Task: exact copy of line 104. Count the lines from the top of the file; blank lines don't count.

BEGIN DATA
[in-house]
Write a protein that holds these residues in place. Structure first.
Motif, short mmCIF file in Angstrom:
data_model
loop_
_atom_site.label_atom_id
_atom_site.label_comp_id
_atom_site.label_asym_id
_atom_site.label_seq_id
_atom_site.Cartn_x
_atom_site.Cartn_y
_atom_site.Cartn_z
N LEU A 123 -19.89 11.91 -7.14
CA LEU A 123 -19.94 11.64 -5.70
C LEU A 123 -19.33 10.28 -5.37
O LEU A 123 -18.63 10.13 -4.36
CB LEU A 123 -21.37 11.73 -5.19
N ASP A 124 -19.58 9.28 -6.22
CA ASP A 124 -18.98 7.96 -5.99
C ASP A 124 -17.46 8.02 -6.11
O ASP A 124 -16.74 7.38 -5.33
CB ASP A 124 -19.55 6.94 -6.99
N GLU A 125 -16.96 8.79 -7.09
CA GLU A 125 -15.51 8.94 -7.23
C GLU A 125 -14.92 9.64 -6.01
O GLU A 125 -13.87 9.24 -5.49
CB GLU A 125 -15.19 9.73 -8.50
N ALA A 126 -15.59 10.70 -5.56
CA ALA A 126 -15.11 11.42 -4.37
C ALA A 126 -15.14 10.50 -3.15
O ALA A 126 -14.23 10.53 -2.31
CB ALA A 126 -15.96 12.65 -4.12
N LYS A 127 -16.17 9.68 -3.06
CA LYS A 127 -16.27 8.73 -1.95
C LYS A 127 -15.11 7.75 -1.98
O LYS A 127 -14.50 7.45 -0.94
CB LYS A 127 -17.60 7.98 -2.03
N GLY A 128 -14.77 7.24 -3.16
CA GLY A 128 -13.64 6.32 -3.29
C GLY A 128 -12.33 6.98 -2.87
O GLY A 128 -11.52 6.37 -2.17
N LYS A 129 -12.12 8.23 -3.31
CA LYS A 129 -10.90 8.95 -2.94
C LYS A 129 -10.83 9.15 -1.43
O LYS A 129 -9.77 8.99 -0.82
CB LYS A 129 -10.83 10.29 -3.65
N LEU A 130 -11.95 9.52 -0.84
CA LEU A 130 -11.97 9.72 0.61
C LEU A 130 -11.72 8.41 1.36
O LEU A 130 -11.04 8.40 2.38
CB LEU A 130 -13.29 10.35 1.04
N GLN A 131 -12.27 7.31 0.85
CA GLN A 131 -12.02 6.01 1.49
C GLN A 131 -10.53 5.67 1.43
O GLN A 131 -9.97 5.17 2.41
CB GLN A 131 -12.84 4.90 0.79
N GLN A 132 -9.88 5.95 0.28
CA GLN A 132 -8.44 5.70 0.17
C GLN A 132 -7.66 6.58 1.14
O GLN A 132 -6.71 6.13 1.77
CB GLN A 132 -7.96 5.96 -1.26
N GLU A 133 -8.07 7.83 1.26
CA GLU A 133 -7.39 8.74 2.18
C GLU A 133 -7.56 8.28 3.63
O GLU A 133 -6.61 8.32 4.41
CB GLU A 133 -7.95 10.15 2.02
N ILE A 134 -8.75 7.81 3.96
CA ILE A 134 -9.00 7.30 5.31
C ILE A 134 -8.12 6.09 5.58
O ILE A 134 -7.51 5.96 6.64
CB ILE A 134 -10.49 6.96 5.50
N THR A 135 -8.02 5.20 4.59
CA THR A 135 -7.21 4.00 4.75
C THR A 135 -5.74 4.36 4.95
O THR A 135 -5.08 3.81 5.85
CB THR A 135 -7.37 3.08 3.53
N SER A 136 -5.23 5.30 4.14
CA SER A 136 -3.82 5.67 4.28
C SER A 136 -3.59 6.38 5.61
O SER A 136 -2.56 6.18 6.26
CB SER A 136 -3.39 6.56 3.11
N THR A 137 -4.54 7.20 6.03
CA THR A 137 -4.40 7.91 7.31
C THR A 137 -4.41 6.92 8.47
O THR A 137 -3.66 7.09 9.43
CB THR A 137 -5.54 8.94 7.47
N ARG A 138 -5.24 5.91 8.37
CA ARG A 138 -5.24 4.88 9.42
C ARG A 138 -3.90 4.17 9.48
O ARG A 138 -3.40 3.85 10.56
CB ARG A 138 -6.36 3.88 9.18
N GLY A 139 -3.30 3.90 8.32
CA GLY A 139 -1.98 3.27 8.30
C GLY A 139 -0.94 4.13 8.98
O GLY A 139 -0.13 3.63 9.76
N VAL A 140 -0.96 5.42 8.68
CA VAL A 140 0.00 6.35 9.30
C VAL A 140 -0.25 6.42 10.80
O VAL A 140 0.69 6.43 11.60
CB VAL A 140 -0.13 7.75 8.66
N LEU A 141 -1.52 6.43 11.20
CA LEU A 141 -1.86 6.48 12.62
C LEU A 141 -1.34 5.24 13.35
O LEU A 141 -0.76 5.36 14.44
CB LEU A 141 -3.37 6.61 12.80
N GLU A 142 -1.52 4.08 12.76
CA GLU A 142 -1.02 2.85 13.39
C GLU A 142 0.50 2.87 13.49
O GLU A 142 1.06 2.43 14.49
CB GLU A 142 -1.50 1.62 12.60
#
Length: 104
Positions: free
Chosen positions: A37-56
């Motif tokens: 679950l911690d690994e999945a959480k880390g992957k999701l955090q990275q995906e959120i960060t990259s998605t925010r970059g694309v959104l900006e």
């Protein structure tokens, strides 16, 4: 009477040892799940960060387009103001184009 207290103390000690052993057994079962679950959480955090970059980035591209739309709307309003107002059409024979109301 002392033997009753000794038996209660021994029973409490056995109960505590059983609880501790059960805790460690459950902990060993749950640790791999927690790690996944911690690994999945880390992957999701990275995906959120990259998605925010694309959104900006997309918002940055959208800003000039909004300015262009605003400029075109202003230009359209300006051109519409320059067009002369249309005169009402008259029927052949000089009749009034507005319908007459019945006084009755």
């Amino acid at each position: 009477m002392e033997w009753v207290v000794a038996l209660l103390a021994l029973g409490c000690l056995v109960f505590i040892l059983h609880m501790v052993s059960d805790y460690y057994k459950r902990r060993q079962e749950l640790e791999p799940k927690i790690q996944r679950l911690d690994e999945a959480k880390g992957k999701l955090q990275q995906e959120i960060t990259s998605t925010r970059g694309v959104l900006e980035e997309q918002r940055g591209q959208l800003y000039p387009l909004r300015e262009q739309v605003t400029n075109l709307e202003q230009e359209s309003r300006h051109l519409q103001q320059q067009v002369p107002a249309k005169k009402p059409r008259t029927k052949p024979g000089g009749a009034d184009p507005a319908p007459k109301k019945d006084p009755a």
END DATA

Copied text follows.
O LEU A 141 -0.76 5.36 14.44